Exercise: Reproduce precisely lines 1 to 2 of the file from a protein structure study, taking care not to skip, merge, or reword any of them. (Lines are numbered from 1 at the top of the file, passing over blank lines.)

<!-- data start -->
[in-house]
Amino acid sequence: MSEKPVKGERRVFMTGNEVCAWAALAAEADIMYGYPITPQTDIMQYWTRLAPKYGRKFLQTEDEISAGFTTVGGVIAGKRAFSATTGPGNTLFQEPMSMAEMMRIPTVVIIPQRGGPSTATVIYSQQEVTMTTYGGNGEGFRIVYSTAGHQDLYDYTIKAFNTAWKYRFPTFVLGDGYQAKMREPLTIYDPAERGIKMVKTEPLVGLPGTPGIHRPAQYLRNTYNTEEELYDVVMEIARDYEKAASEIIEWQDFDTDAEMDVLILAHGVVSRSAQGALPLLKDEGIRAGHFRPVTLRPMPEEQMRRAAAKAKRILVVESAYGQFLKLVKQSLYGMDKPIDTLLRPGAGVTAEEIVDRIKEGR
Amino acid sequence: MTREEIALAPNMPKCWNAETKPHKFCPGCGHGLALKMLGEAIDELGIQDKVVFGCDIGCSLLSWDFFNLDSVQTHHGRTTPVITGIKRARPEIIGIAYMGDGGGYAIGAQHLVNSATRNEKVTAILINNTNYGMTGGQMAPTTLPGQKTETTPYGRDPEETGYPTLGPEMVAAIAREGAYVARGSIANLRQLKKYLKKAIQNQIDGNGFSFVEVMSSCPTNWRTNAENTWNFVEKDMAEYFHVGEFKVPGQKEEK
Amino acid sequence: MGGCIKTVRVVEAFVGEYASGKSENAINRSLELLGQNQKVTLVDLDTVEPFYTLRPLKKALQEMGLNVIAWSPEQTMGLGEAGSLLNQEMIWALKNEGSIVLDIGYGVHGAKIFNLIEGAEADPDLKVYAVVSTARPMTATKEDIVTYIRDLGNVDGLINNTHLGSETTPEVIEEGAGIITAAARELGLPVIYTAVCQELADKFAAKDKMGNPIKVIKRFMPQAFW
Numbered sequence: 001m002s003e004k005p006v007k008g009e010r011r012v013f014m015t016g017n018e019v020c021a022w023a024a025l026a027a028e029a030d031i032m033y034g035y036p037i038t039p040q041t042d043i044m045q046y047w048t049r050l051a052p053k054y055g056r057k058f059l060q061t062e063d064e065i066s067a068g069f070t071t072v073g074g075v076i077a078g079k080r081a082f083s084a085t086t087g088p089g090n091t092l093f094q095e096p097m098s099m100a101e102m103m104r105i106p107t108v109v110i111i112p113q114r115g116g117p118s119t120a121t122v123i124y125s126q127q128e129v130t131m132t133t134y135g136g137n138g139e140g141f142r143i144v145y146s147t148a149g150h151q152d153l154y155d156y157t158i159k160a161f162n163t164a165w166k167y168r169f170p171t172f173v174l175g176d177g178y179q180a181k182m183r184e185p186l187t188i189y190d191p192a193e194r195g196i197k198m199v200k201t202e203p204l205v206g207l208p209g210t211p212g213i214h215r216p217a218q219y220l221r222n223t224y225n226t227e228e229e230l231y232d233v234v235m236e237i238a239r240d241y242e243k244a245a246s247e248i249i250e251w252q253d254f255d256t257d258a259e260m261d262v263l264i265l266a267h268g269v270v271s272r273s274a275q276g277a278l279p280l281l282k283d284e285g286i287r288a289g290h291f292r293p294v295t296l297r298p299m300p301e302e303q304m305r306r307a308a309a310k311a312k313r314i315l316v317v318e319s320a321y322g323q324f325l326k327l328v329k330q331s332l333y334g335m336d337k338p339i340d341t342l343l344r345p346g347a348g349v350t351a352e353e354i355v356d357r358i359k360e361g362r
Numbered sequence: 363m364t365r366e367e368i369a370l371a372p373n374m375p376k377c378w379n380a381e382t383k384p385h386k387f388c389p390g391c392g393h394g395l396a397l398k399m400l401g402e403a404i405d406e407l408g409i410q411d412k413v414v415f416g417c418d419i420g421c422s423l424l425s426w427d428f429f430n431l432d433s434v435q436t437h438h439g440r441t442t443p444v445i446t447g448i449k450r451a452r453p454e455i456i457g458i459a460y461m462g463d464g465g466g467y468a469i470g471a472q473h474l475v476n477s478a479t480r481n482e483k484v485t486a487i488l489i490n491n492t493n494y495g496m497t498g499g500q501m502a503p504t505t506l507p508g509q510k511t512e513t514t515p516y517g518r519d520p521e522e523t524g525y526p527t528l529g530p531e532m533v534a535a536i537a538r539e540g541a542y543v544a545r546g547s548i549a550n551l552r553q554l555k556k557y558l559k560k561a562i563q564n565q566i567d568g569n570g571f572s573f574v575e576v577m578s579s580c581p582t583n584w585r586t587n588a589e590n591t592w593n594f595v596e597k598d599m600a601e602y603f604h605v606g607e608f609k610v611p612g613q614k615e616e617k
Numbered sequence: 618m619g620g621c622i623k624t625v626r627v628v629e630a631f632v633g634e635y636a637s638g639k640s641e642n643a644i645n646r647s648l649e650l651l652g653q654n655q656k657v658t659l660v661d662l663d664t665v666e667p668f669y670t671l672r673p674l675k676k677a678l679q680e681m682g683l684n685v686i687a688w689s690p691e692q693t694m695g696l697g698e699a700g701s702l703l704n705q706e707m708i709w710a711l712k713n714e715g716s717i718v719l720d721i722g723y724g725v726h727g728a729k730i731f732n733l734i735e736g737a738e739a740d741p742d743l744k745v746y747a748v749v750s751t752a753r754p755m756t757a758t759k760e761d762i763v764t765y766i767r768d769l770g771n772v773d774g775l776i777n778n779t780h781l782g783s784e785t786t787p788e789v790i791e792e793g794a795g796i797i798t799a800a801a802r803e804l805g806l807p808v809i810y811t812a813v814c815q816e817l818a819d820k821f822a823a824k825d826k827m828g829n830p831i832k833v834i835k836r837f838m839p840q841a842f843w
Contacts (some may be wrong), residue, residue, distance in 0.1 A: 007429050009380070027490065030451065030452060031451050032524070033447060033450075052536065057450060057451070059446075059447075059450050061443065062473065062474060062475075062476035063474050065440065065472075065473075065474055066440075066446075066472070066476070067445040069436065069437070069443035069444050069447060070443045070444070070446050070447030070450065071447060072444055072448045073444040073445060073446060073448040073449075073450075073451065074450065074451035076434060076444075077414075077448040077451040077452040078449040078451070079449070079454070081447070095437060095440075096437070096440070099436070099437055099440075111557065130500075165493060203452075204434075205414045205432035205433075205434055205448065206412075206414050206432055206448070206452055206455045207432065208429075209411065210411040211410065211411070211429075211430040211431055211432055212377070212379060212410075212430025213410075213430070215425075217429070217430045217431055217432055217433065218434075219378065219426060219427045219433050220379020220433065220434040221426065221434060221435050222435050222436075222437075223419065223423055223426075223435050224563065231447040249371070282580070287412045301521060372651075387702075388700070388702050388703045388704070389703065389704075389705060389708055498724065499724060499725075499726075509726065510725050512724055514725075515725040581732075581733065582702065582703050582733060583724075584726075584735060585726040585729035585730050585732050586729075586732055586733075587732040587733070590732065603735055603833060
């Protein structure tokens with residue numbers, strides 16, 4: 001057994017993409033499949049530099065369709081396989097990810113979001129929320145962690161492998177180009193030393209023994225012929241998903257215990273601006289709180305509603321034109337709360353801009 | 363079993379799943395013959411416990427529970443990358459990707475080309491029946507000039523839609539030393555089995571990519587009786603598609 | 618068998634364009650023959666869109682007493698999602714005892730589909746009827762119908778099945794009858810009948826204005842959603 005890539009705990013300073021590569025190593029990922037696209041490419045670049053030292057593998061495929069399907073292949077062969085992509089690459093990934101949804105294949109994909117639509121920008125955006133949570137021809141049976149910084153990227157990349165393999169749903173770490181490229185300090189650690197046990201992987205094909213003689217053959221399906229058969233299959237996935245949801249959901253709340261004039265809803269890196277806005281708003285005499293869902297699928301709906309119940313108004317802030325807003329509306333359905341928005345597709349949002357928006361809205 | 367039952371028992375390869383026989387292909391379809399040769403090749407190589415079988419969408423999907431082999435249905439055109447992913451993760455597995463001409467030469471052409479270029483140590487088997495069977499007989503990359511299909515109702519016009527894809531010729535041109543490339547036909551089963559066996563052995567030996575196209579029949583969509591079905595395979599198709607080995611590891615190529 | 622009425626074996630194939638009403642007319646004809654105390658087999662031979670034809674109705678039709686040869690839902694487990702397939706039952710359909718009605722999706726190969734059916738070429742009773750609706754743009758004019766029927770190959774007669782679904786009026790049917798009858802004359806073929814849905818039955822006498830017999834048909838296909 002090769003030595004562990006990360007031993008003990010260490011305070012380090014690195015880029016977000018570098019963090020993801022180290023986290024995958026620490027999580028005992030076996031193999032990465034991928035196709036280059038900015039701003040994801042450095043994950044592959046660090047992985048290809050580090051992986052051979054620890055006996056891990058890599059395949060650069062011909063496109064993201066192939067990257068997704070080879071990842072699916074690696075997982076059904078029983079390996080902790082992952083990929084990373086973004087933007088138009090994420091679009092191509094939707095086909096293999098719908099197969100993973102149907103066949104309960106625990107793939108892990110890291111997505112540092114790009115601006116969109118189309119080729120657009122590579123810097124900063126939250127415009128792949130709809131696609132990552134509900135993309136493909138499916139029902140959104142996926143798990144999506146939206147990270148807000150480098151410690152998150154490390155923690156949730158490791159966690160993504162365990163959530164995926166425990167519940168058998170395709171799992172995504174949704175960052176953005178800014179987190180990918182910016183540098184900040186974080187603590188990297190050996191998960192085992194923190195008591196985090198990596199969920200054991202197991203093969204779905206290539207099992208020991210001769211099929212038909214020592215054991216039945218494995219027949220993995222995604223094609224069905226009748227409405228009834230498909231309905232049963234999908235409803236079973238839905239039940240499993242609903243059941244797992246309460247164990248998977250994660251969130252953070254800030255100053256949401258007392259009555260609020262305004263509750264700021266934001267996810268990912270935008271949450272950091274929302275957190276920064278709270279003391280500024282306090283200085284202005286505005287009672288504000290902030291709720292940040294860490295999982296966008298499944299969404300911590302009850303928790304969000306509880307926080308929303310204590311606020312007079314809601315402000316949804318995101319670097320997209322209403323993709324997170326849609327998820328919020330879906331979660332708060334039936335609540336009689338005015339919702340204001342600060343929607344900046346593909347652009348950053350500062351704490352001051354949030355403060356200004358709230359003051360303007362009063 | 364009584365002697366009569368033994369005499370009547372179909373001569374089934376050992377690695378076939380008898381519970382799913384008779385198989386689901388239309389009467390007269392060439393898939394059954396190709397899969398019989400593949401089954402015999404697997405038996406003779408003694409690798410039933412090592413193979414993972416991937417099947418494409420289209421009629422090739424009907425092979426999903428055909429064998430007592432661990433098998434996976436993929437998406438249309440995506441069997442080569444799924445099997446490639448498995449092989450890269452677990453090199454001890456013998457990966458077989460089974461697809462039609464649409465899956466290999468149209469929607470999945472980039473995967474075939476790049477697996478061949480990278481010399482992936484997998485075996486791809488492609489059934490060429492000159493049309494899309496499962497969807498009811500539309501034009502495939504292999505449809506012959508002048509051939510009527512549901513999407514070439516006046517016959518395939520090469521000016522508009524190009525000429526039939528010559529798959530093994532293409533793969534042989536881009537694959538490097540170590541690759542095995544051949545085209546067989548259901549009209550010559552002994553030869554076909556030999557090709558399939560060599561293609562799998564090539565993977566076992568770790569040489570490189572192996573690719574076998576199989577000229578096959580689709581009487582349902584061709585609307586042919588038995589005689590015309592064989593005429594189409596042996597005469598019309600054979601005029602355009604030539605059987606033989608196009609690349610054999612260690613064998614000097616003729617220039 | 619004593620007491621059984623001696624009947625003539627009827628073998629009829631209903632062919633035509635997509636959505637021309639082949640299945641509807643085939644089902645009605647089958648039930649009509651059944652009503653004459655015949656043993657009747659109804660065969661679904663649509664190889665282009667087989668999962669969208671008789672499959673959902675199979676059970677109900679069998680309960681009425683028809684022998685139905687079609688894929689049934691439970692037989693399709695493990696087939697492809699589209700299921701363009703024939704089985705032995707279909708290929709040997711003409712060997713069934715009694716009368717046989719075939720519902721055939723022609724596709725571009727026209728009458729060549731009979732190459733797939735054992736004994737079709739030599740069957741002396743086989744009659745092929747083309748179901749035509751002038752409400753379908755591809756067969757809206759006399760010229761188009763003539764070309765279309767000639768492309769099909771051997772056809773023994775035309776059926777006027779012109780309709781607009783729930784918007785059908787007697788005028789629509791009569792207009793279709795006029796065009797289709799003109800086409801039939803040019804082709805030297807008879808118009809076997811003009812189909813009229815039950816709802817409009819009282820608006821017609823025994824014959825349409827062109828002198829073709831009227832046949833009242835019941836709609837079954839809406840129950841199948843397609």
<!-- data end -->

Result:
[in-house]
Amino acid sequence: MSEKPVKGERRVFMTGNEVCAWAALAAEADIMYGYPITPQTDIMQYWTRLAPKYGRKFLQTEDEISAGFTTVGGVIAGKRAFSATTGPGNTLFQEPMSMAEMMRIPTVVIIPQRGGPSTATVIYSQQEVTMTTYGGNGEGFRIVYSTAGHQDLYDYTIKAFNTAWKYRFPTFVLGDGYQAKMREPLTIYDPAERGIKMVKTEPLVGLPGTPGIHRPAQYLRNTYNTEEELYDVVMEIARDYEKAASEIIEWQDFDTDAEMDVLILAHGVVSRSAQGALPLLKDEGIRAGHFRPVTLRPMPEEQMRRAAAKAKRILVVESAYGQFLKLVKQSLYGMDKPIDTLLRPGAGVTAEEIVDRIKEGR